Photographic film and photographic paper are basically a gelatin-like emulsion, loaded with light sensitive silver salts on an acetate base.
This information is also useful for digital camera users. The only real difference is that digital uses a light sensitive chip instead of light sensitive film, so there is no need for chemical processing. Digital users should read on anyway, for this will provide a great deal of information that will be useful later on.
To understand film and photo paper think of Jello on a sheet of clear plastic. The Jello has a bunch of light-sensitive salt crystals suspended in it.
THINK ABOUT SILVER, this metal is so light-sensitive it will turn black – tarnish – when exposed to light. The light sensitizes the silver and the oxygen in the air reacts with the silver that was hit by light and “oxidizes” -tarnishes – it.
NOW PAY ATTENTION!!!!
This is illustrates what a cross-section of film might look like.
The “orange” bottom layer is the acetate (film) base, and the emulsion on top is laden with silver salt crystals
Those salt crystals are sensitive to light, and when hit by light rays and then developed by chemical oxidation, those salts will turn dark.
Salts not hit by light (i.e. black or dark rays) will be washed away. Think about this until it is clear and fixed in your mind.
Below is a piece of film that has been exposed (a negative).
Below is photographic paper that is exposed from that negative.
Look at the white jersey above, his number – 84 – appears black. Now that “white” jersey appears black and the number is white.
HERE IS WHAT HAPPENED.
FIRST, TO THE FILM ON THE LEFT:
When the reflected light from #84 passed through the lens and hit the film, the white numbers sensitized the film a lot, and the black jersey reflected no light. So white numbers registered on the film and the black jersey did not. When we developed the film – by chemically oxidizing those silver salts that were sensitized by the light – the numbers became very black and the dark jersey, which reflected no light to the silver salts, came up clear and were washed away.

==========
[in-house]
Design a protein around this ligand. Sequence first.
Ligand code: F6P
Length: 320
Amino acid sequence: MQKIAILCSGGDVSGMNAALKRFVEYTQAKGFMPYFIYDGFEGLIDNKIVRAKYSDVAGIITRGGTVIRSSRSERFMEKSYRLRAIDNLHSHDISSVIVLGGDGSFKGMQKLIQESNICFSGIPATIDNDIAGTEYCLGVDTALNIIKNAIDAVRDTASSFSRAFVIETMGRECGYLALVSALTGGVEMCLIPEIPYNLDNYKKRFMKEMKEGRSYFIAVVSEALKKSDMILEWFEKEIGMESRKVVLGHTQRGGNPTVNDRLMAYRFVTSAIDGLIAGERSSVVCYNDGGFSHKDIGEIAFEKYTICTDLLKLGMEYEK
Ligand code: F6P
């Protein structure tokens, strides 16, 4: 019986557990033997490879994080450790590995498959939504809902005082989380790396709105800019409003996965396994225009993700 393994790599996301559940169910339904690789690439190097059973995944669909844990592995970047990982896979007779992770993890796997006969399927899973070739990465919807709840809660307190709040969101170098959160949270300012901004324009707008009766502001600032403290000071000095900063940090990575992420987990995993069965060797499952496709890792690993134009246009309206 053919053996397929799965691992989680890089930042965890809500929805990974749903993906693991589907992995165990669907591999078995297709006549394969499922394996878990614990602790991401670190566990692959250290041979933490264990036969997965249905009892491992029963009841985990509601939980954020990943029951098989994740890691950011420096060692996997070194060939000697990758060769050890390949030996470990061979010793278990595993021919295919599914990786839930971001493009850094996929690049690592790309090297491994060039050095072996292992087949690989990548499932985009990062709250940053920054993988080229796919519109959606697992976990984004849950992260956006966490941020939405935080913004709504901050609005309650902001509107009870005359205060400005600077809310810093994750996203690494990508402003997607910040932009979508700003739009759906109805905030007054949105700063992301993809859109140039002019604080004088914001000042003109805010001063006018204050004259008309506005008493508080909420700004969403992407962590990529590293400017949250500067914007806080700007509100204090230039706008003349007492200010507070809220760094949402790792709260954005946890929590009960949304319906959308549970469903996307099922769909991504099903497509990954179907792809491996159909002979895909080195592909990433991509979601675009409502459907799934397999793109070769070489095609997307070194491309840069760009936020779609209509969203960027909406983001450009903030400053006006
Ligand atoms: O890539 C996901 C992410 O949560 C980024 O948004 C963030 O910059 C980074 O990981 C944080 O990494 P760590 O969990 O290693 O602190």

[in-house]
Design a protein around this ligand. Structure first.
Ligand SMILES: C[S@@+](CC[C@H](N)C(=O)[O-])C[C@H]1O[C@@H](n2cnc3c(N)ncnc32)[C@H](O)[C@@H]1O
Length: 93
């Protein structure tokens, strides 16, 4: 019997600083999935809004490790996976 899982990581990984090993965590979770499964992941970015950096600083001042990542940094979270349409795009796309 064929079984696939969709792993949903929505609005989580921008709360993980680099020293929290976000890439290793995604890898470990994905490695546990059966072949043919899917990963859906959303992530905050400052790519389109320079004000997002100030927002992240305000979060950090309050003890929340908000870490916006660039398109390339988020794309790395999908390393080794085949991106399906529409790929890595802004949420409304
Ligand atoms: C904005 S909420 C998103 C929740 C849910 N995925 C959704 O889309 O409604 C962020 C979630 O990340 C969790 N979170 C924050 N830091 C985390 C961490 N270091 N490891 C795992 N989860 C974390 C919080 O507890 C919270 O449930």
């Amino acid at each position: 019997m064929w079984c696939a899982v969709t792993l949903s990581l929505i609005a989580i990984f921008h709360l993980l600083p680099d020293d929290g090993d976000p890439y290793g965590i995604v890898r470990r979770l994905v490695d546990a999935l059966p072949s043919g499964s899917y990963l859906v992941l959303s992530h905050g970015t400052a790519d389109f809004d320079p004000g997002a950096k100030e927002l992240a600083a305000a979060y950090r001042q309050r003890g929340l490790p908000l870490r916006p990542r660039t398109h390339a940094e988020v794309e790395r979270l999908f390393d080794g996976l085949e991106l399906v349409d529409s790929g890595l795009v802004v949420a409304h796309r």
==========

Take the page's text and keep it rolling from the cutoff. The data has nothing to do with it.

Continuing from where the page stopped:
NOW LET’S ZOOM IN ON THIS PLAYER….
and shine some light through this “negative” to a piece of photographic paper. A lot of light will pass through the “white” (or clear) portion that is his jersey. But, because the numbers are black, they will block light from getting though to the paper, so….. when we develop the paper we get this:
A “positive” rendition of the scene… a photographic print! Because light passed through the white part of his jersey, the final print renders it black…. as it should be.
Color photography, although too complicated to go into in detail here, looks similar:
A COLOR NEGATIVE OF BRETT FAVRE
WILL PRINT UP LIKE THIS:
Color slides (transparencies) happen because the film basically has a few layers of silver salts that act as a negative and, during the processing, re-exposes the positive layers, thus giving you a positive image.
HOT TIP OF THE DAY:
The numbers and brand name you see on the edge of developed film were put there by the film maker. If those letters and numbers are not solid black … the film was not developed properly. If the characters are lighter – grayish – the film was under-developed. And, if they are VERY black, the film was over-developed.
Now, if you have the past pages well understood and fixed in your mind, it is time to get to the advanced photography goodies.